Speed Read

Minneapolis Bans Facial Recognition To Dismay Of City Police (Smart Cities Dive, Feb 17, 2021)
The Minneapolis City Council voted unanimously on Friday to prohibit the procurement of facial recognition technology and the use of any related data by city departments. The surveillance ordinance (2020-00681) amends Title 2, Chapter 41 of the Minneapolis Code of Ordinances. The ordinance was one of 14 items advanced by the city's Policy & Government Oversight Committee per a Feb. 10 committee report to the city council. A public comment period for the ordinance attracted 31 letters of support. The council passed the ordinance and its fellow report items without discussion.
 

Civil Rights Coalition Pressures EU To Ban Biometric Surveillance (E And T, Feb 17, 2021)
Surveillance tools such as facial recognition systems have raised concerns about risks to privacy and fundamental rights and that they could be exploited by repressive regimes to commit human rights violations. The EU executive plans to announce a legislative proposal on AI in the first quarter of the year. It is expected to cover high-risk sectors such as healthcare, energy, transport, and parts of the public sector. The group, made up of the Civil Liberties Union for Europe, Reclaim Your Face, European Digital Rights, Privacy International, and around 26 other organisations, warned of the dangers of biometric data captured through CCTV cameras and facial recognition technology.
 

U.S. Expands Facial Recognition To Preclearance Locations In Canada (Travel Off Path, Feb 17, 2021)
The U.S Customs and Border Protection (CBP) announced the expansion of ‘Simplified Arrival’ for eight pre-clearance locations throughout Canada. The ‘Simplified Arrival’ program is used by the CBP to automate the document checking process, currently done manually, which is required for admission to the U.S. U.S. entry Pearson International Airport In addition to automating the process, the CBP notes that the process enables a ‘touchless’ experience, which is a pivotal benefit during the ongoing pandemic. Speaking on the announcement, CBP Director of Preclearance Operations, Clint Lamm stated:
 

New Police Reform Law Off To Slow Start As Massachusetts Lawmakers, Charlie Baker Blow Past First Major Deadline In Rollout (Boston Herald, Feb 17, 2021)
A landmark police reform law passed in December is already stumbling in the State House after lawmakers and Gov. Charlie Baker this week blew past the first major deadline in the rollout. Dorchester equality activist James Mackey accused lawmakers of getting “too comfortable in their seats” for botching the start. “People advocated, they rallied, they screamed and yelled, they marched for them to pass this and now it’s about accountability,” Mackey said. “Now its up to us to hold these legislators accountable knowing that they haven’t held their end of the bargain.” A special legislative commission on law enforcement’s use of facial recognition technology was mandated to meet by Monday. But as of Tuesday morning, the commission’s 22 members had yet to be named.
 

Viewpoint: Regulate Facial Recognition Tool, Don't Outlaw It (Times Union, Feb 17, 2021)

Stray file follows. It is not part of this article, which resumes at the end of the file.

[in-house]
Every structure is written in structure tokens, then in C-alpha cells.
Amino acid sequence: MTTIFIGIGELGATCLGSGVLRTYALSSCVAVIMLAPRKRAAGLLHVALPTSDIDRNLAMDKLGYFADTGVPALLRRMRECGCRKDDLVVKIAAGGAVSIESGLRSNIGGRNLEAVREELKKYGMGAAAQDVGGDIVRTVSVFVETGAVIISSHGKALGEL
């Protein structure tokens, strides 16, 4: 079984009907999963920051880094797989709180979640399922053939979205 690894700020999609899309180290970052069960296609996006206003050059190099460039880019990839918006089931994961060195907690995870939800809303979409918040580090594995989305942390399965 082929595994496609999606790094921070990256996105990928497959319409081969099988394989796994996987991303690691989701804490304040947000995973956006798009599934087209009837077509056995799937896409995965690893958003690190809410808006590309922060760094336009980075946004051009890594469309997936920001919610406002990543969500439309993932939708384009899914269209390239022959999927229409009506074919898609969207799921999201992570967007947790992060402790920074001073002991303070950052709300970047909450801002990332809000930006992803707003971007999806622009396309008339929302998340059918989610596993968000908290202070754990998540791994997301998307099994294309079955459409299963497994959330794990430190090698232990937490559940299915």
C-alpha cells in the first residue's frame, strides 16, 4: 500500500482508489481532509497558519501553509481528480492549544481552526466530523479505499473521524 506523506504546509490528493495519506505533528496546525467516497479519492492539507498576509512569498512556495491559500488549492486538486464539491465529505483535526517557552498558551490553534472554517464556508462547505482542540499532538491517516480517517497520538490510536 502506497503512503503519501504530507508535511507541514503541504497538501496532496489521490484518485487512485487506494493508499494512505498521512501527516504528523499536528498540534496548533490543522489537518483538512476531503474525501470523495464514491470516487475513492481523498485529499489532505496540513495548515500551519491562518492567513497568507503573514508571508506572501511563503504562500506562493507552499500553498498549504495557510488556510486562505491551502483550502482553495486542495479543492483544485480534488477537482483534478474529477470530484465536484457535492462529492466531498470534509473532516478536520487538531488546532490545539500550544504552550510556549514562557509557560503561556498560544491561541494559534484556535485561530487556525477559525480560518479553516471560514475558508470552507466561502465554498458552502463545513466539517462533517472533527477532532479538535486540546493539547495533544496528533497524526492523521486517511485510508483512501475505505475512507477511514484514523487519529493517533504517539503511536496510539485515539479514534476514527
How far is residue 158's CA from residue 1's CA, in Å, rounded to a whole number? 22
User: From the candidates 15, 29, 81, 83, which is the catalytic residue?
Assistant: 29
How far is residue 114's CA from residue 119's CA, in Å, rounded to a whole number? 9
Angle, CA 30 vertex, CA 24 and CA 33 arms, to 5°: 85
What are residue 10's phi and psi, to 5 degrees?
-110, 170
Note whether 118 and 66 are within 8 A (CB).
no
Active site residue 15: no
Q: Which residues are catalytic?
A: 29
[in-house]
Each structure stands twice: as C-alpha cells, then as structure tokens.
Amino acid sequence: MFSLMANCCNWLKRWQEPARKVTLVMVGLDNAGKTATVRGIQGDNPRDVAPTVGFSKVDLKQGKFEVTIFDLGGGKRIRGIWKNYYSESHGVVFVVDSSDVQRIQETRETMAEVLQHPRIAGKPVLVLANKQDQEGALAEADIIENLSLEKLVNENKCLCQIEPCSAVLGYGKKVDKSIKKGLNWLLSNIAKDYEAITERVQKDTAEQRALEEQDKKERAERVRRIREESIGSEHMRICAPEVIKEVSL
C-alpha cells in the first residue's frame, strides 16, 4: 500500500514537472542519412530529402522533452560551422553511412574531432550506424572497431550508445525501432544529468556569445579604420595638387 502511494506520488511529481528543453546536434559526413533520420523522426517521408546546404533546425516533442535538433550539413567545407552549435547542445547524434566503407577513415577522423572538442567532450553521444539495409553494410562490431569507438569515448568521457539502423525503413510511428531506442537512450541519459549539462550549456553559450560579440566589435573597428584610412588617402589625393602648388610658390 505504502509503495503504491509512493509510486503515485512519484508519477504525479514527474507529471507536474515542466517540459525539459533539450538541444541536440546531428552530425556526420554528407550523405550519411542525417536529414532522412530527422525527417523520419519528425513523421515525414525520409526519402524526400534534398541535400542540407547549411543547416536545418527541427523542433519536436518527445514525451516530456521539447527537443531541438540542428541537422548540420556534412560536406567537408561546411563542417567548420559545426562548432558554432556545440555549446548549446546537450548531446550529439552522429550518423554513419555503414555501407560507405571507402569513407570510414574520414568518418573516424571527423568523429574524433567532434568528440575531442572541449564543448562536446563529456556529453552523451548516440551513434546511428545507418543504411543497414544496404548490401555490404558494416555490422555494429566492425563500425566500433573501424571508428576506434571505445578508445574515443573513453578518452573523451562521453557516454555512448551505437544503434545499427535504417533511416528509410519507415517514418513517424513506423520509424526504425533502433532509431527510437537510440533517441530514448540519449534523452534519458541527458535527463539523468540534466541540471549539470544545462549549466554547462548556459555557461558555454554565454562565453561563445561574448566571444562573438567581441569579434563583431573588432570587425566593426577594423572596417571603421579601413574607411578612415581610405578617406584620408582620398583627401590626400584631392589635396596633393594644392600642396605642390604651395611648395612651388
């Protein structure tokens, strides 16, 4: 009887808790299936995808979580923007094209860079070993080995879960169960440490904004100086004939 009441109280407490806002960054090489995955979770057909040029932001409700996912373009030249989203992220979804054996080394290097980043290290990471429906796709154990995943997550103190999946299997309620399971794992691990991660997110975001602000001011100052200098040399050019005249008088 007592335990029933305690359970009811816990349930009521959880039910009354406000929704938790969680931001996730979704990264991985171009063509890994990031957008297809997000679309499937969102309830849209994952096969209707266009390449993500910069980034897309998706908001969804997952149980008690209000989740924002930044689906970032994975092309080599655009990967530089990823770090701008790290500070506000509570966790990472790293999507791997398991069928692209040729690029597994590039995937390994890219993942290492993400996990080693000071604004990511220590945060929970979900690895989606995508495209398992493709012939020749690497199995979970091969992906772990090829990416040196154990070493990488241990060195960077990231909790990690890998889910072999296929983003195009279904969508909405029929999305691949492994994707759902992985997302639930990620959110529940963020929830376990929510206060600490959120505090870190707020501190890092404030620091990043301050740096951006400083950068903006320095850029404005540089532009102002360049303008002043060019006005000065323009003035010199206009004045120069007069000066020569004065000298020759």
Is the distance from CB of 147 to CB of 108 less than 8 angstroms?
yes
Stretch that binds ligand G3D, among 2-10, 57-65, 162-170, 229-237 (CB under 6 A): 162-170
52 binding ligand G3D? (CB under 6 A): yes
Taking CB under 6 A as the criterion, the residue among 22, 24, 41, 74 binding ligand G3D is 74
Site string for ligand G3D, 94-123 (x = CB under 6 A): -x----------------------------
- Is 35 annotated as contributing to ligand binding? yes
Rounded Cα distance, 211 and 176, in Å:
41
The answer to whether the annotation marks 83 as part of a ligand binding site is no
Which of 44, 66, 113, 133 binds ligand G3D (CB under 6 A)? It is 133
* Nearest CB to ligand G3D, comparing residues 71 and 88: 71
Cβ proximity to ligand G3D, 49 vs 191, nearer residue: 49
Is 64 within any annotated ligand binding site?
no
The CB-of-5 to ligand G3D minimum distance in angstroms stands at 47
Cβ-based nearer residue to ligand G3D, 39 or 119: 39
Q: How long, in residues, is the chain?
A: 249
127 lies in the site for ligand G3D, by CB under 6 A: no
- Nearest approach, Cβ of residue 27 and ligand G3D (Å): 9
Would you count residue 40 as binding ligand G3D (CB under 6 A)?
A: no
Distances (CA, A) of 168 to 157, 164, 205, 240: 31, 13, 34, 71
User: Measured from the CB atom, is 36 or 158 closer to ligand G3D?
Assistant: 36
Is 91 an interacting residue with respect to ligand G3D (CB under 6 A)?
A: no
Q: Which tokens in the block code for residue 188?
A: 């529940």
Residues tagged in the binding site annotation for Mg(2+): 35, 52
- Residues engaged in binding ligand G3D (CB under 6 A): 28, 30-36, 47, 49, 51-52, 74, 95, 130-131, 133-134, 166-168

The Minneapolis City Council, joining Boston, Los Angeles, Portland, Oakland and other localities, has banned its police department from using facial recognition technology — which would mean, when witnesses or security cameras there capture people red-handed, cops can no longer run those images through computer softwar
 

AI Will Soon Use Your Veins To Identify You (Tech and Geek, Feb 17, 2021)
Researchers think that Vein-scanning technology will be more secure than fingerprints, facial recognition, and other forms of biometric security. Biometric identification is becoming more and more common as time marches on. In airports and other public facilities, facial recognition technology has been used for a while now. Some researchers from Australia’s University of New South Wales say that biometrics have ‘well known weaknesses,’ and they are right.
 

New Virginia Privacy Bill (JDSupra, Feb 17, 2021)
Any day now, Virginia will likely become the second state, behind California, to adopt a GDPR-inspired comprehensive data protection law for Virginia residents. What are the main points covered by Virginia’s Consumer Data Protection Act (“CDPA”)? Like Europe’s GDPR and California’s CCPA, the CDPA expands consumer rights to access, correct, delete, and obtain a copy of personal data provided to or collected by a company, and to opt out of processing of the personal data for purposes of targeted advertising, sale, or profiling of the personal data.
 

Google Wins Pause Of California Photo Dataset Lawsuit For Now (Bloomberg Law, Feb 17, 2021)
Google LLC convinced a federal judge in California to pause a proposed class action brought by an internet user who claims the tech giant violated Illinois’ biometric information privacy act. Steven Vance’s lawsuit against Google must wait until a federal court in Illinois resolves his related claims against International Business Machines, Judge Beth Labson Freeman said Feb. 12 for the U.S. District Court for the Northern District of California. Steven Vance’s case against Google arises out of similar factual and legal circumstances as his Illinois Biometric Information Privacy case in the U.S. District Court for the Northern District of Illinois,...

 

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